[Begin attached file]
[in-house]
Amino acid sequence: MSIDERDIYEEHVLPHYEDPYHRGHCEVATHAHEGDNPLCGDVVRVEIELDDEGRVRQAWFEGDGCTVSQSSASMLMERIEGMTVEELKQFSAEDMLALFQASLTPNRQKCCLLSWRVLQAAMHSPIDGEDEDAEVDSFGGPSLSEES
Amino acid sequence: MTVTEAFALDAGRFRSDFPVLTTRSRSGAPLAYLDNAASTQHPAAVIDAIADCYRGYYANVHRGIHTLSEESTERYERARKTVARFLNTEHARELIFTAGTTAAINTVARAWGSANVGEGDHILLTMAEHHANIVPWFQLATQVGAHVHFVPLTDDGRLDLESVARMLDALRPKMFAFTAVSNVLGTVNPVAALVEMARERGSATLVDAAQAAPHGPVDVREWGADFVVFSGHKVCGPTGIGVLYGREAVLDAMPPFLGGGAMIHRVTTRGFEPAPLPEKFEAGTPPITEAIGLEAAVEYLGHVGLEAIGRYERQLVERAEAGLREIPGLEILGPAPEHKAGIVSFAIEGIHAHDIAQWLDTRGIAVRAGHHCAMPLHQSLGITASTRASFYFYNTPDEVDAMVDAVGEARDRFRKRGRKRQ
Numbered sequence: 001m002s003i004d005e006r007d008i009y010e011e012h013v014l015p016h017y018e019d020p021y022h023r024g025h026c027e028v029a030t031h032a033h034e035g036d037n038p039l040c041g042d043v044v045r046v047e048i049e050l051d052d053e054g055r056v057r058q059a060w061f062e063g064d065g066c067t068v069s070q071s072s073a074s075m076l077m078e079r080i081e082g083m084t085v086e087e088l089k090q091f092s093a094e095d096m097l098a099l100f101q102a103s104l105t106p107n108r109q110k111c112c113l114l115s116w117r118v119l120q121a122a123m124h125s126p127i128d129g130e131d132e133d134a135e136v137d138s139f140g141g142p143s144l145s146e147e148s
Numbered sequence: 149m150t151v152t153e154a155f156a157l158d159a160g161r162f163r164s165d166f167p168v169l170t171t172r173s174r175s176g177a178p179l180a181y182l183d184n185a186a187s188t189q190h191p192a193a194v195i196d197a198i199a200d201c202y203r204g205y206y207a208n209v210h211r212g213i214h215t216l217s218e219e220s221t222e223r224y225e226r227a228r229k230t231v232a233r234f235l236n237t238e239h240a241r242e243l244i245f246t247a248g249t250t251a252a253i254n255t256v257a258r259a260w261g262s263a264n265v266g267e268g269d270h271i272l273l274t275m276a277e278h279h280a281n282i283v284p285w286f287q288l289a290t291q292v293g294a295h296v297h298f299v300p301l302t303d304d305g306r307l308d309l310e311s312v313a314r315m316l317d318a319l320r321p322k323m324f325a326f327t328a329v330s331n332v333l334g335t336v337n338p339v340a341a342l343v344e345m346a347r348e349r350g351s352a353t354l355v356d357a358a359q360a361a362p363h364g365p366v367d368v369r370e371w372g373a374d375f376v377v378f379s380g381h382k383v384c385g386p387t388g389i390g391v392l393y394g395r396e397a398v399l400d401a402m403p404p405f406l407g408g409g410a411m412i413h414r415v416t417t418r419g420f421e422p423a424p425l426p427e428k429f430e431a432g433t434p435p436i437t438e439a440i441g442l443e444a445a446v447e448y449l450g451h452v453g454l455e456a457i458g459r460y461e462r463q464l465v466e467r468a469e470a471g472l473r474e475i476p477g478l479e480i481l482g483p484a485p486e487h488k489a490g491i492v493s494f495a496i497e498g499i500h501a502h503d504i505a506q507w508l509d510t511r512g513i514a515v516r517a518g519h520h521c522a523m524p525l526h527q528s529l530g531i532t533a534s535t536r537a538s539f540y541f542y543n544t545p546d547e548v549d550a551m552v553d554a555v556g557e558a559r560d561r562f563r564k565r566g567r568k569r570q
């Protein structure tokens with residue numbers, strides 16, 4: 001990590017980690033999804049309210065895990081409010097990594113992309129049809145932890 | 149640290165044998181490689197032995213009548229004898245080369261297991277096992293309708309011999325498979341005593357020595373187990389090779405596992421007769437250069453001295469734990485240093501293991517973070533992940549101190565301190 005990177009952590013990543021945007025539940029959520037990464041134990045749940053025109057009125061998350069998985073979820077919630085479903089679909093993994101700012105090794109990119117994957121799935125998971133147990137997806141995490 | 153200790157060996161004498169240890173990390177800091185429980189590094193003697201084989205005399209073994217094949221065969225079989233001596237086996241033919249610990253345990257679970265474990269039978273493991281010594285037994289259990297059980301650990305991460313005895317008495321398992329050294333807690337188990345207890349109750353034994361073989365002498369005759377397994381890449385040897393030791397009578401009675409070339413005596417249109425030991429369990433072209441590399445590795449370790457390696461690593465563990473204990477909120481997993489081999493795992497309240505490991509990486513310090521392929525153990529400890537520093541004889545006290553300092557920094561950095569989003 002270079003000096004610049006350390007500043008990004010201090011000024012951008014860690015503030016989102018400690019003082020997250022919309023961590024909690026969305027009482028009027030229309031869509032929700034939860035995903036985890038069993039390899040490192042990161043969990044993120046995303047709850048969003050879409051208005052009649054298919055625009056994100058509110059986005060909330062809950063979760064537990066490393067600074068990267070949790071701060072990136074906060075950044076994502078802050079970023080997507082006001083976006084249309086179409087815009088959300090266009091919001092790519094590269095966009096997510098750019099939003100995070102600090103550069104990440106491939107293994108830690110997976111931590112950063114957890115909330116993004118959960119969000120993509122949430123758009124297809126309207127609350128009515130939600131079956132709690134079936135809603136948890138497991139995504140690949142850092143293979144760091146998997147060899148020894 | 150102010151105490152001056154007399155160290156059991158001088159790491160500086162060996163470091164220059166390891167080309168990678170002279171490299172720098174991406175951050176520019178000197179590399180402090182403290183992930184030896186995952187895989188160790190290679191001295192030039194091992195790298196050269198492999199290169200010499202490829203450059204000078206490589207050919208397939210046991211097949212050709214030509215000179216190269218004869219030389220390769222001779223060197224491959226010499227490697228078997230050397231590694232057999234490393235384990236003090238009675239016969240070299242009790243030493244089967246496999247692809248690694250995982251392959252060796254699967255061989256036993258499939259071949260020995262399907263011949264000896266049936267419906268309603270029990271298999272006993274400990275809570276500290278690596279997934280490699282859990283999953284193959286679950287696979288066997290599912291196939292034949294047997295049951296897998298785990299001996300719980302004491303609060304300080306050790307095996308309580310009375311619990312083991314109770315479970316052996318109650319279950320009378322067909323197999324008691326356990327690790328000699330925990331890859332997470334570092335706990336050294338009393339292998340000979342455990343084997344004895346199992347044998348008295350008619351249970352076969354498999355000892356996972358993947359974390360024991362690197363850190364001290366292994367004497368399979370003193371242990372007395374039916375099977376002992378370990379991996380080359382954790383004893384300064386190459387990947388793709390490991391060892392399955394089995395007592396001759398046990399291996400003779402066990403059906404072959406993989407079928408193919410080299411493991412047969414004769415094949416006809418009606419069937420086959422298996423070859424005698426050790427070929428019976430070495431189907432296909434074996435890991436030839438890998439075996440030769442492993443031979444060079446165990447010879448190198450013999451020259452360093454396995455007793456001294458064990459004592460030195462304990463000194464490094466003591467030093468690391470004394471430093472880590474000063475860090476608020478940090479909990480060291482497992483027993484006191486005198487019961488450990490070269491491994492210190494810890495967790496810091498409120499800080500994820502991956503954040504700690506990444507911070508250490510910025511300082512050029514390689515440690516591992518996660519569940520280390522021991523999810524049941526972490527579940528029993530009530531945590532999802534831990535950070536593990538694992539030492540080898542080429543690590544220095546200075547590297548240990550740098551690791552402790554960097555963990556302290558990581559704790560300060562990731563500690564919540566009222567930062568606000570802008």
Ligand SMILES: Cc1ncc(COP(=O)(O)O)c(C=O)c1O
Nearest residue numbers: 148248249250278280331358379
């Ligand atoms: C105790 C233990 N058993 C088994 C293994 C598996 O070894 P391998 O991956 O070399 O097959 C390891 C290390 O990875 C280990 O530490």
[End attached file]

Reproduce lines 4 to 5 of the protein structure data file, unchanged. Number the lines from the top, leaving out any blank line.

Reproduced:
Numbered sequence: 001m002s003i004d005e006r007d008i009y010e011e012h013v014l015p016h017y018e019d020p021y022h023r024g025h026c027e028v029a030t031h032a033h034e035g036d037n038p039l040c041g042d043v044v045r046v047e048i049e050l051d052d053e054g055r056v057r058q059a060w061f062e063g064d065g066c067t068v069s070q071s072s073a074s075m076l077m078e079r080i081e082g083m084t085v086e087e088l089k090q091f092s093a094e095d096m097l098a099l100f101q102a103s104l105t106p107n108r109q110k111c112c113l114l115s116w117r118v119l120q121a122a123m124h125s126p127i128d129g130e131d132e133d134a135e136v137d138s139f140g141g142p143s144l145s146e147e148s
Numbered sequence: 149m150t151v152t153e154a155f156a157l158d159a160g161r162f163r164s165d166f167p168v169l170t171t172r173s174r175s176g177a178p179l180a181y182l183d184n185a186a187s188t189q190h191p192a193a194v195i196d197a198i199a200d201c202y203r204g205y206y207a208n209v210h211r212g213i214h215t216l217s218e219e220s221t222e223r224y225e226r227a228r229k230t231v232a233r234f235l236n237t238e239h240a241r242e243l244i245f246t247a248g249t250t251a252a253i254n255t256v257a258r259a260w261g262s263a264n265v266g267e268g269d270h271i272l273l274t275m276a277e278h279h280a281n282i283v284p285w286f287q288l289a290t291q292v293g294a295h296v297h298f299v300p301l302t303d304d305g306r307l308d309l310e311s312v313a314r315m316l317d318a319l320r321p322k323m324f325a326f327t328a329v330s331n332v333l334g335t336v337n338p339v340a341a342l343v344e345m346a347r348e349r350g351s352a353t354l355v356d357a358a359q360a361a362p363h364g365p366v367d368v369r370e371w372g373a374d375f376v377v378f379s380g381h382k383v384c385g386p387t388g389i390g391v392l393y394g395r396e397a398v399l400d401a402m403p404p405f406l407g408g409g410a411m412i413h414r415v416t417t418r419g420f421e422p423a424p425l426p427e428k429f430e431a432g433t434p435p436i437t438e439a440i441g442l443e444a445a446v447e448y449l450g451h452v453g454l455e456a457i458g459r460y461e462r463q464l465v466e467r468a469e470a471g472l473r474e475i476p477g478l479e480i481l482g483p484a485p486e487h488k489a490g491i492v493s494f495a496i497e498g499i500h501a502h503d504i505a506q507w508l509d510t511r512g513i514a515v516r517a518g519h520h521c522a523m524p525l526h527q528s529l530g531i532t533a534s535t536r537a538s539f540y541f542y543n544t545p546d547e548v549d550a551m552v553d554a555v556g557e558a559r560d561r562f563r564k565r566g567r568k569r570q